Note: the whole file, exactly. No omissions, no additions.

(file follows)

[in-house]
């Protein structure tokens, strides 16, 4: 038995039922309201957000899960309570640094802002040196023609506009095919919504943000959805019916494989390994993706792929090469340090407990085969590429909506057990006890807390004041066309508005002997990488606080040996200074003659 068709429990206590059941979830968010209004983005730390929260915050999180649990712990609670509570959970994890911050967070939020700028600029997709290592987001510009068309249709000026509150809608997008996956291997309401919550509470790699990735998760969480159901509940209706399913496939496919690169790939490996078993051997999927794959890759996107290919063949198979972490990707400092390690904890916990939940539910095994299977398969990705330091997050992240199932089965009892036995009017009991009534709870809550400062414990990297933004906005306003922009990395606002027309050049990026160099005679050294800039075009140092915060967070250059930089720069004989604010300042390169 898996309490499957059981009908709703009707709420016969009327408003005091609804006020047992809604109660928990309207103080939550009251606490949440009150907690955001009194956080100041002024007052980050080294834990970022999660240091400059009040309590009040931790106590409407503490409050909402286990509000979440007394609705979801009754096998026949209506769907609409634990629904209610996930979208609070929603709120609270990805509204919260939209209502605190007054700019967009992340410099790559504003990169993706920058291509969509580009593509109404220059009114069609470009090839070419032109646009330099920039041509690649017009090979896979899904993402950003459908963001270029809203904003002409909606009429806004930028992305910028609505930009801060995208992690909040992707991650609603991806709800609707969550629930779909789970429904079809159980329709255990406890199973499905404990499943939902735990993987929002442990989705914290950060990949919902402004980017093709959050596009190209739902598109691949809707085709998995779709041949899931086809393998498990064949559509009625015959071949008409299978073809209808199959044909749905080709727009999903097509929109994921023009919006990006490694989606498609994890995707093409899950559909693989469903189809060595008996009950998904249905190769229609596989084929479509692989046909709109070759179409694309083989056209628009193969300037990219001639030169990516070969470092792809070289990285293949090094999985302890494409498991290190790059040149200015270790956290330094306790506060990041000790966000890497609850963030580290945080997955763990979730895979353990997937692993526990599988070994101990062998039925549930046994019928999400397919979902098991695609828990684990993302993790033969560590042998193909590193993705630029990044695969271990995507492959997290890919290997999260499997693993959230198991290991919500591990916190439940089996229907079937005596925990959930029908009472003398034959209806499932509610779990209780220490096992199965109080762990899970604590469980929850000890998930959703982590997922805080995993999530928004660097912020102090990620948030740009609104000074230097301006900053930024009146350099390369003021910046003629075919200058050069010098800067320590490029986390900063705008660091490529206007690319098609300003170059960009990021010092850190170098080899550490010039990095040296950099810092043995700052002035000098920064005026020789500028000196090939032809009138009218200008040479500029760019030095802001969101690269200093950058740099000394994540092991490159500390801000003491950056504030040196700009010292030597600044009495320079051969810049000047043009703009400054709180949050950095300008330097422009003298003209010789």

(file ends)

[in-house]
């Protein structure tokens, strides 16, 4: 038995039922309201957000899960309570640094802002040196023609506009095919919504943000959805019916494989390994993706792929090469340090407990085969590429909506057990006890807390004041066309508005002997990488606080040996200074003659 068709429990206590059941979830968010209004983005730390929260915050999180649990712990609670509570959970994890911050967070939020700028600029997709290592987001510009068309249709000026509150809608997008996956291997309401919550509470790699990735998760969480159901509940209706399913496939496919690169790939490996078993051997999927794959890759996107290919063949198979972490990707400092390690904890916990939940539910095994299977398969990705330091997050992240199932089965009892036995009017009991009534709870809550400062414990990297933004906005306003922009990395606002027309050049990026160099005679050294800039075009140092915060967070250059930089720069004989604010300042390169 898996309490499957059981009908709703009707709420016969009327408003005091609804006020047992809604109660928990309207103080939550009251606490949440009150907690955001009194956080100041002024007052980050080294834990970022999660240091400059009040309590009040931790106590409407503490409050909402286990509000979440007394609705979801009754096998026949209506769907609409634990629904209610996930979208609070929603709120609270990805509204919260939209209502605190007054700019967009992340410099790559504003990169993706920058291509969509580009593509109404220059009114069609470009090839070419032109646009330099920039041509690649017009090979896979899904993402950003459908963001270029809203904003002409909606009429806004930028992305910028609505930009801060995208992690909040992707991650609603991806709800609707969550629930779909789970429904079809159980329709255990406890199973499905404990499943939902735990993987929002442990989705914290950060990949919902402004980017093709959050596009190209739902598109691949809707085709998995779709041949899931086809393998498990064949559509009625015959071949008409299978073809209808199959044909749905080709727009999903097509929109994921023009919006990006490694989606498609994890995707093409899950559909693989469903189809060595008996009950998904249905190769229609596989084929479509692989046909709109070759179409694309083989056209628009193969300037990219001639030169990516070969470092792809070289990285293949090094999985302890494409498991290190790059040149200015270790956290330094306790506060990041000790966000890497609850963030580290945080997955763990979730895979353990997937692993526990599988070994101990062998039925549930046994019928999400397919979902098991695609828990684990993302993790033969560590042998193909590193993705630029990044695969271990995507492959997290890919290997999260499997693993959230198991290991919500591990916190439940089996229907079937005596925990959930029908009472003398034959209806499932509610779990209780220490096992199965109080762990899970604590469980929850000890998930959703982590997922805080995993999530928004660097912020102090990620948030740009609104000074230097301006900053930024009146350099390369003021910046003629075919200058050069010098800067320590490029986390900063705008660091490529206007690319098609300003170059960009990021010092850190170098080899550490010039990095040296950099810092043995700052002035000098920064005026020789500028000196090939032809009138009218200008040479500029760019030095802001969101690269200093950058740099000394994540092991490159500390801000003491950056504030040196700009010292030597600044009495320079051969810049000047043009703009400054709180949050950095300008330097422009003298003209010789």